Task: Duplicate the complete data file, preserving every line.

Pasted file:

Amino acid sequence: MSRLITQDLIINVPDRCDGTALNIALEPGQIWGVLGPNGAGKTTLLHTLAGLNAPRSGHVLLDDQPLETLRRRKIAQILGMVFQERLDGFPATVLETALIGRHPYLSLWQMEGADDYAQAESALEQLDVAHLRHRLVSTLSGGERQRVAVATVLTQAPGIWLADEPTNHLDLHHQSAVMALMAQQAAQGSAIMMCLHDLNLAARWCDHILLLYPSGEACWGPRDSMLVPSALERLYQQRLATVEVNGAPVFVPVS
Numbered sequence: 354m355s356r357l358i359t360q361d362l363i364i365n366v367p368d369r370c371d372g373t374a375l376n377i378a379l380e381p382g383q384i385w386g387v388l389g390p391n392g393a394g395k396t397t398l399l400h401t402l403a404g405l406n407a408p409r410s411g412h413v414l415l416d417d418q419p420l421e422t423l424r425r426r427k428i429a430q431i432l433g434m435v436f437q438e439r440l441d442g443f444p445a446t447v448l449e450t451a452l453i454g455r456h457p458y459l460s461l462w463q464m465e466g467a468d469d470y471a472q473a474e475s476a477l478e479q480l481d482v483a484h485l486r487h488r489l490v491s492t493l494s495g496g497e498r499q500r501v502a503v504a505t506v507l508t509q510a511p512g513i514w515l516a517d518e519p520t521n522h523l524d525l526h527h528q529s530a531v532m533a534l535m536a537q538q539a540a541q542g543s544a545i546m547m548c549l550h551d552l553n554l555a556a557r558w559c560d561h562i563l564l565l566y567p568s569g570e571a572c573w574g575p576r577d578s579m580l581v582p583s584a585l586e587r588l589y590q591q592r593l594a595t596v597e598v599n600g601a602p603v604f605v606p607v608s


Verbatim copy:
Amino acid sequence: MSRLITQDLIINVPDRCDGTALNIALEPGQIWGVLGPNGAGKTTLLHTLAGLNAPRSGHVLLDDQPLETLRRRKIAQILGMVFQERLDGFPATVLETALIGRHPYLSLWQMEGADDYAQAESALEQLDVAHLRHRLVSTLSGGERQRVAVATVLTQAPGIWLADEPTNHLDLHHQSAVMALMAQQAAQGSAIMMCLHDLNLAARWCDHILLLYPSGEACWGPRDSMLVPSALERLYQQRLATVEVNGAPVFVPVS
Numbered sequence: 354m355s356r357l358i359t360q361d362l363i364i365n366v367p368d369r370c371d372g373t374a375l376n377i378a379l380e381p382g383q384i385w386g387v388l389g390p391n392g393a394g395k396t397t398l399l400h401t402l403a404g405l406n407a408p409r410s411g412h413v414l415l416d417d418q419p420l421e422t423l424r425r426r427k428i429a430q431i432l433g434m435v436f437q438e439r440l441d442g443f444p445a446t447v448l449e450t451a452l453i454g455r456h457p458y459l460s461l462w463q464m465e466g467a468d469d470y471a472q473a474e475s476a477l478e479q480l481d482v483a484h485l486r487h488r489l490v491s492t493l494s495g496g497e498r499q500r501v502a503v504a505t506v507l508t509q510a511p512g513i514w515l516a517d518e519p520t521n522h523l524d525l526h527h528q529s530a531v532m533a534l535m536a537q538q539a540a541q542g543s544a545i546m547m548c549l550h551d552l553n554l555a556a557r558w559c560d561h562i563l564l565l566y567p568s569g570e571a572c573w574g575p576r577d578s579m580l581v582p583s584a585l586e587r588l589y590q591q592r593l594a595t596v597e598v599n600g601a602p603v604f605v606p607v608s